Love thy neighbour

For many who work for the College of St George, Windsor Castle is not just their place of work, but also their home. People are not just colleagues but neighbours who foster a wonderful sense of community. However, a couple of fascinating documents in the archives reveal a dispute between neighbours that erupted in September 1607; a dispute that began with some name-calling but ended with a door taken off its hinges!

The main players in the dispute were Mark Leonard and his wife, and Nathaniel Giles and his wife, Anne. Mark Leonard was a petticannon, now known as a Minor Canon. Nathaniel Giles was Master of the Choristers and Organist. The primary document of dispute is intriguing and comprehensive, relating the events of mid-September 1607 as told by Nathaniel Giles [XI.B.50].

According to Nathaniel Giles, on September 15th 1607, Anne Giles heard Mark Leonard’s wife make “rayling speeches” towards Alice Newcomb and Mrs Leonard’s ire turned to Anne Giles when she attempted to placate her. Using “in rayling sort divers evil wordes”, Mrs Leonard called Anne Giles “paltery Baggage”, with Anne Giles retorting, as she walked away from her, “Away pich, I will not touch thee”.

Giles continues that Alice Newcomb made a complaint, and as a consequence, Anne Giles was summoned to appear at the Chapter House, and under oath, she stated that she had heard Mrs Leonard shout insults at Alice Newcomb. Taking exception to her testimony, Mrs Leonard argued that Anne Giles had, in fact, insulted her on September 15th, for she believed Anne Giles had said something slightly different from “Away pich”. According to Giles, Mrs Leonard proceeded to brand his wife “brazen faced Baggage”. Mrs Leonard was admonished for her behaviour and an end was put to it, or so it seemed.

However, according to the document, on September 16th another incident erupted. While Mr Giles was dining in the mayor’s house, Mrs Giles had some guests for dinner. The children of the choir (choristers) were outside playing in the castle yard. Mark Leonard, believing that one of the children, George Pretty, had mocked his daughter, went to strike the boy, and then ran after the children with a stick. The children ran into the Giles’s house followed by Mark Leonard. Mrs Giles admonished him for threatening violence and for chasing the children. A war of words then erupted, according to the document, in which various insults were thrown. Mark Leonard was referred to as “a dog”, and “a minstrell”, while Mrs Giles was singled out as being not only “flirt Baggage” but also “scurvy Baggage”. Her husband, in his absence, was deemed “a fiddler” who “getts his living by fidlinge” and Mrs Gibbs, one of Mrs Giles’s guests, was labelled “an idle housewife”.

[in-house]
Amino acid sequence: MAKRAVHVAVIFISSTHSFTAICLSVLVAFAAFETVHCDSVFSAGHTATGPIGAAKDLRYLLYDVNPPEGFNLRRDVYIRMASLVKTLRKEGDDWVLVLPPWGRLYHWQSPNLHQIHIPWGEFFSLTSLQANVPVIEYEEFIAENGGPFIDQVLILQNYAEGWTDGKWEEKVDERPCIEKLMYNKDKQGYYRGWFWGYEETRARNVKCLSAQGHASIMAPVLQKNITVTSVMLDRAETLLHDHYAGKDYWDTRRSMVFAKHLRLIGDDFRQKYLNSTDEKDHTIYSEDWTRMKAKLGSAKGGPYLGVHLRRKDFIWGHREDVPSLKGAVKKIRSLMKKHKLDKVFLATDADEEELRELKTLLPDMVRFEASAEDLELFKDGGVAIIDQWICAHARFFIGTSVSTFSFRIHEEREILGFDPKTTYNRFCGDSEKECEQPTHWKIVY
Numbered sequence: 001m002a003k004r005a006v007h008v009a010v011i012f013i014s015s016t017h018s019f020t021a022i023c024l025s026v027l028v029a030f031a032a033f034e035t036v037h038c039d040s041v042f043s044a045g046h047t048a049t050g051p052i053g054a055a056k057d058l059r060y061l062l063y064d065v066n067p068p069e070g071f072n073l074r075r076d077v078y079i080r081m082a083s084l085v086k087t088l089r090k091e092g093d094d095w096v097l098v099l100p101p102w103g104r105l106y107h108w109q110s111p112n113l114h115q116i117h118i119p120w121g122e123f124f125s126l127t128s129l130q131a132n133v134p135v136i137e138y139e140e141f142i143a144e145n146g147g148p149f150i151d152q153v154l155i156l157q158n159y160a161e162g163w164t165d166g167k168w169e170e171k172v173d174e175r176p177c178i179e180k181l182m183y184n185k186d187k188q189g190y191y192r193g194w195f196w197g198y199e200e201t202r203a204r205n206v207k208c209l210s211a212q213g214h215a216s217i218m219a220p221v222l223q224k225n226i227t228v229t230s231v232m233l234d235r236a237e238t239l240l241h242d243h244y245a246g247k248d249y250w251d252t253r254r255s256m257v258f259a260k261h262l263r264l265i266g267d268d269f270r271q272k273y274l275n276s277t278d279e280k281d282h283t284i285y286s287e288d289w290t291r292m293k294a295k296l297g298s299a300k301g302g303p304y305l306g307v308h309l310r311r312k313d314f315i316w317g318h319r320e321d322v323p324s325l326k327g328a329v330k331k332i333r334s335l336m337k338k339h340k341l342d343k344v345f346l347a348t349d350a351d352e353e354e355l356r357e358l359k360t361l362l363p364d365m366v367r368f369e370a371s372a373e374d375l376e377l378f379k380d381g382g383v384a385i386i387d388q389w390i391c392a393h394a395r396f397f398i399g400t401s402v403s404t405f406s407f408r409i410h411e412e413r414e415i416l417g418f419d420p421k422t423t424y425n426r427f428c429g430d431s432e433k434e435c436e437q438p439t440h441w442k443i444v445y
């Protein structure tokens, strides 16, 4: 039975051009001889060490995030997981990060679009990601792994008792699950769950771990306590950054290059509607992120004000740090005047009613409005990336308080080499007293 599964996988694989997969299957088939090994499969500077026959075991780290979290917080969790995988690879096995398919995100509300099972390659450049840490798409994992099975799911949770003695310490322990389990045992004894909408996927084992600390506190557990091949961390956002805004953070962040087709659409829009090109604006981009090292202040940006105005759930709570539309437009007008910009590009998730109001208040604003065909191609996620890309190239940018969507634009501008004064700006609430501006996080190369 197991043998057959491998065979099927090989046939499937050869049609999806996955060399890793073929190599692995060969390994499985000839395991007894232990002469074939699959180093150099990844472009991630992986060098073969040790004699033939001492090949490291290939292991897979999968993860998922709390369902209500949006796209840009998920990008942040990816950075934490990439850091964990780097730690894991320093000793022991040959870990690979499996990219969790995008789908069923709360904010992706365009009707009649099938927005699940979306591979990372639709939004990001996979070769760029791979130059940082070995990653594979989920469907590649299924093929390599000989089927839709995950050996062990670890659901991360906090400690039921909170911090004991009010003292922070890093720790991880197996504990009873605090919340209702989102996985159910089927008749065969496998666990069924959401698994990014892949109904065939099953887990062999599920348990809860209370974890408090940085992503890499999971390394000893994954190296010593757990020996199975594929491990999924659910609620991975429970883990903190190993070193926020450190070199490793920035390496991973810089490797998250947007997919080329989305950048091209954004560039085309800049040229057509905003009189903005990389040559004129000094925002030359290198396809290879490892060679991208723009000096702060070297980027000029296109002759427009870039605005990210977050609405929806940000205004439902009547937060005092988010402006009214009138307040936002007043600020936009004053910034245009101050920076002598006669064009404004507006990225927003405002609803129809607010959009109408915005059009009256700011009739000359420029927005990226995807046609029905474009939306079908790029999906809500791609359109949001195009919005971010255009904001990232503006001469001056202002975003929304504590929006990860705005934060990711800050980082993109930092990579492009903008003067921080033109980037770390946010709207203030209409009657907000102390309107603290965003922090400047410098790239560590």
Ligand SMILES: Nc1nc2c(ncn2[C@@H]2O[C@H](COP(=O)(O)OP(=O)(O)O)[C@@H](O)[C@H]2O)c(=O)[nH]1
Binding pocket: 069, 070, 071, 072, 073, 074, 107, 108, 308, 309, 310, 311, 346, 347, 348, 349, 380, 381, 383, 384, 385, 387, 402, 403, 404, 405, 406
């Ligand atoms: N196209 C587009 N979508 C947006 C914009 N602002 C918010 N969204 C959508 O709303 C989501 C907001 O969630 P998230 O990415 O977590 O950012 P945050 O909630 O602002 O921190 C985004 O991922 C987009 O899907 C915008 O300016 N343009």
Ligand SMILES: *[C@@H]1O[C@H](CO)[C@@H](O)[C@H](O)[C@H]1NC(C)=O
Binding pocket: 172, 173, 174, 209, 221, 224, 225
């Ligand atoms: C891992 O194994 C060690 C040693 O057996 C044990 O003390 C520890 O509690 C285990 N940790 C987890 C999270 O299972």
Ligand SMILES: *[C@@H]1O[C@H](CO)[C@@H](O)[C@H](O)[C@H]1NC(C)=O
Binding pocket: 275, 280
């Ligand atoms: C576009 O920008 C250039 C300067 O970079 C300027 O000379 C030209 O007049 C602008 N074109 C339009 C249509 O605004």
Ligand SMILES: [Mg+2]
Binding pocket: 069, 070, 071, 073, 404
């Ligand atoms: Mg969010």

The situation escalated and attempts to close the door on Mark Leonard resulted in Mrs Giles being thrown against the wall and hurting her hand. All the guests and servants then combined in an attempt to shut the door while Mrs Leonard joined her husband pushing the door from the outside. The door was lifted clear of its hinges. Mark Leonard then departed but one unfortunate child was caught as he left and struck across the face.

Nathaniel Giles was made aware of what was happening through a messenger and – as soon as dinner was finished – he returned home.

The second document is the response from Mark Leonard [XI.B.63], a concise document in which he does not directly address the events as told by Nathaniel Giles, but rather refers to a number of insults to which he was subjected. In his response, Mark Leonard requests that the Dean ask Mr Giles whether or not he said, “If yu shouldst but hurt so much of my dog his Tayle thou shouldst know I would make thee eate it”, and secondly, whether after enquiring if Mr Giles knew some of his family that he responded, “Yes I knowe them to have more honestie in one finger then such a Harlett as you hast or wilt have in thee”.

What was the outcome of the whole affair? The Chapter Acts record on October 24th 1607 that Mark Leonard received his first admonition according to the statutes for “affrightinge the wief and houshold of Mr Giles by a violent attemptinge to [end]d enter, into the same house”.  He lost one month’s pay and had to acknowledge his fault in the Chapter house in the presence of Mr Giles and the rest of the choir.

At present, all the doors of the houses in the castle are sitting on their hinges and nobody has been accused of being paltry, scurvy or flirt baggage for some time.

Éilis Crowe, Archives Trainee

The King's Free Chapel. The Chapel of the Most Honourable and Noble Order of the Garter. The Chapel of the College of St George.